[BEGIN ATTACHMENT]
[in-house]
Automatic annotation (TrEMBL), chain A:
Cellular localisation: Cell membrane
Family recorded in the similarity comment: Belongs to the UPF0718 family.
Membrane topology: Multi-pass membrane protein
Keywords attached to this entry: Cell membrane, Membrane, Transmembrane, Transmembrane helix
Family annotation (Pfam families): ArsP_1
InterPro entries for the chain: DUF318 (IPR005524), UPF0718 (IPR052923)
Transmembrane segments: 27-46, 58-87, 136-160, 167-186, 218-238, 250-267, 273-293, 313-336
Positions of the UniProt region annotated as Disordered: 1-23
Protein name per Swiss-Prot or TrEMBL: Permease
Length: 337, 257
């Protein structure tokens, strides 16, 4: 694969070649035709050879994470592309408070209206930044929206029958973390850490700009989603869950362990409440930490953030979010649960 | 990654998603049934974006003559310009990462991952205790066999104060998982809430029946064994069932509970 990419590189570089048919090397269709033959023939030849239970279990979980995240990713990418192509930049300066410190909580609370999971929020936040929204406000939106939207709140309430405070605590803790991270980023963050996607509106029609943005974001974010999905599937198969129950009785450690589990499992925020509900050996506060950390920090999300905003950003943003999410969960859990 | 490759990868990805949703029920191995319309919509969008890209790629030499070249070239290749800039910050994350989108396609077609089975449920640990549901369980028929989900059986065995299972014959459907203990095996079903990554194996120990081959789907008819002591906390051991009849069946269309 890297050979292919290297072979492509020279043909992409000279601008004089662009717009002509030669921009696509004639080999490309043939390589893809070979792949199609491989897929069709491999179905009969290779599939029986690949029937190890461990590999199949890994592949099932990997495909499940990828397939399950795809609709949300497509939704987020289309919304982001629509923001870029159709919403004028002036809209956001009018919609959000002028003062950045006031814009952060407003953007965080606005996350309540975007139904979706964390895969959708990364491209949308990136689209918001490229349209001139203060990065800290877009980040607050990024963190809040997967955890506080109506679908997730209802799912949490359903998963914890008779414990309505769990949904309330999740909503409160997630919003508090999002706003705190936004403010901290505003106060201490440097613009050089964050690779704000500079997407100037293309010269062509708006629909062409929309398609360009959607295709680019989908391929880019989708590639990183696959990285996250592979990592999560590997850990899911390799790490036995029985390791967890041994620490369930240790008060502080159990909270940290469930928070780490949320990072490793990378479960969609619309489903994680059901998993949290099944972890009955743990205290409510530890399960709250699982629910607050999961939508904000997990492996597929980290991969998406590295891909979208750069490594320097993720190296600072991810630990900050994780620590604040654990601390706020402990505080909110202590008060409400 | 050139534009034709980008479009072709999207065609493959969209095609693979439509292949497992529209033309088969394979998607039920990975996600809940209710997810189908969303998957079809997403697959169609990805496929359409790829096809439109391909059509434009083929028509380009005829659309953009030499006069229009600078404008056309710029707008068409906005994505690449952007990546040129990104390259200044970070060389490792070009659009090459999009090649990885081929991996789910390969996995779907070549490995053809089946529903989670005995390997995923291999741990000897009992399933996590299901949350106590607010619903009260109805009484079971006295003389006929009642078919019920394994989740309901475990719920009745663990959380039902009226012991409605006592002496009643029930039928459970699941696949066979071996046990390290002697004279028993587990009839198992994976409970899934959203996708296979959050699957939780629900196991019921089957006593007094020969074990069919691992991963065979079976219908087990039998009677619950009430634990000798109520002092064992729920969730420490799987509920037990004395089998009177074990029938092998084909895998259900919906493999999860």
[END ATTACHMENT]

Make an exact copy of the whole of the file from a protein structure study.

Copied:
[in-house]
Automatic annotation (TrEMBL), chain A:
Cellular localisation: Cell membrane
Family recorded in the similarity comment: Belongs to the UPF0718 family.
Membrane topology: Multi-pass membrane protein
Keywords attached to this entry: Cell membrane, Membrane, Transmembrane, Transmembrane helix
Family annotation (Pfam families): ArsP_1
InterPro entries for the chain: DUF318 (IPR005524), UPF0718 (IPR052923)
Transmembrane segments: 27-46, 58-87, 136-160, 167-186, 218-238, 250-267, 273-293, 313-336
Positions of the UniProt region annotated as Disordered: 1-23
Protein name per Swiss-Prot or TrEMBL: Permease
Length: 337, 257
């Protein structure tokens, strides 16, 4: 694969070649035709050879994470592309408070209206930044929206029958973390850490700009989603869950362990409440930490953030979010649960 | 990654998603049934974006003559310009990462991952205790066999104060998982809430029946064994069932509970 990419590189570089048919090397269709033959023939030849239970279990979980995240990713990418192509930049300066410190909580609370999971929020936040929204406000939106939207709140309430405070605590803790991270980023963050996607509106029609943005974001974010999905599937198969129950009785450690589990499992925020509900050996506060950390920090999300905003950003943003999410969960859990 | 490759990868990805949703029920191995319309919509969008890209790629030499070249070239290749800039910050994350989108396609077609089975449920640990549901369980028929989900059986065995299972014959459907203990095996079903990554194996120990081959789907008819002591906390051991009849069946269309 890297050979292919290297072979492509020279043909992409000279601008004089662009717009002509030669921009696509004639080999490309043939390589893809070979792949199609491989897929069709491999179905009969290779599939029986690949029937190890461990590999199949890994592949099932990997495909499940990828397939399950795809609709949300497509939704987020289309919304982001629509923001870029159709919403004028002036809209956001009018919609959000002028003062950045006031814009952060407003953007965080606005996350309540975007139904979706964390895969959708990364491209949308990136689209918001490229349209001139203060990065800290877009980040607050990024963190809040997967955890506080109506679908997730209802799912949490359903998963914890008779414990309505769990949904309330999740909503409160997630919003508090999002706003705190936004403010901290505003106060201490440097613009050089964050690779704000500079997407100037293309010269062509708006629909062409929309398609360009959607295709680019989908391929880019989708590639990183696959990285996250592979990592999560590997850990899911390799790490036995029985390791967890041994620490369930240790008060502080159990909270940290469930928070780490949320990072490793990378479960969609619309489903994680059901998993949290099944972890009955743990205290409510530890399960709250699982629910607050999961939508904000997990492996597929980290991969998406590295891909979208750069490594320097993720190296600072991810630990900050994780620590604040654990601390706020402990505080909110202590008060409400 | 050139534009034709980008479009072709999207065609493959969209095609693979439509292949497992529209033309088969394979998607039920990975996600809940209710997810189908969303998957079809997403697959169609990805496929359409790829096809439109391909059509434009083929028509380009005829659309953009030499006069229009600078404008056309710029707008068409906005994505690449952007990546040129990104390259200044970070060389490792070009659009090459999009090649990885081929991996789910390969996995779907070549490995053809089946529903989670005995390997995923291999741990000897009992399933996590299901949350106590607010619903009260109805009484079971006295003389006929009642078919019920394994989740309901475990719920009745663990959380039902009226012991409605006592002496009643029930039928459970699941696949066979071996046990390290002697004279028993587990009839198992994976409970899934959203996708296979959050699957939780629900196991019921089957006593007094020969074990069919691992991963065979079976219908087990039998009677619950009430634990000798109520002092064992729920969730420490799987509920037990004395089998009177074990029938092998084909895998259900919906493999999860």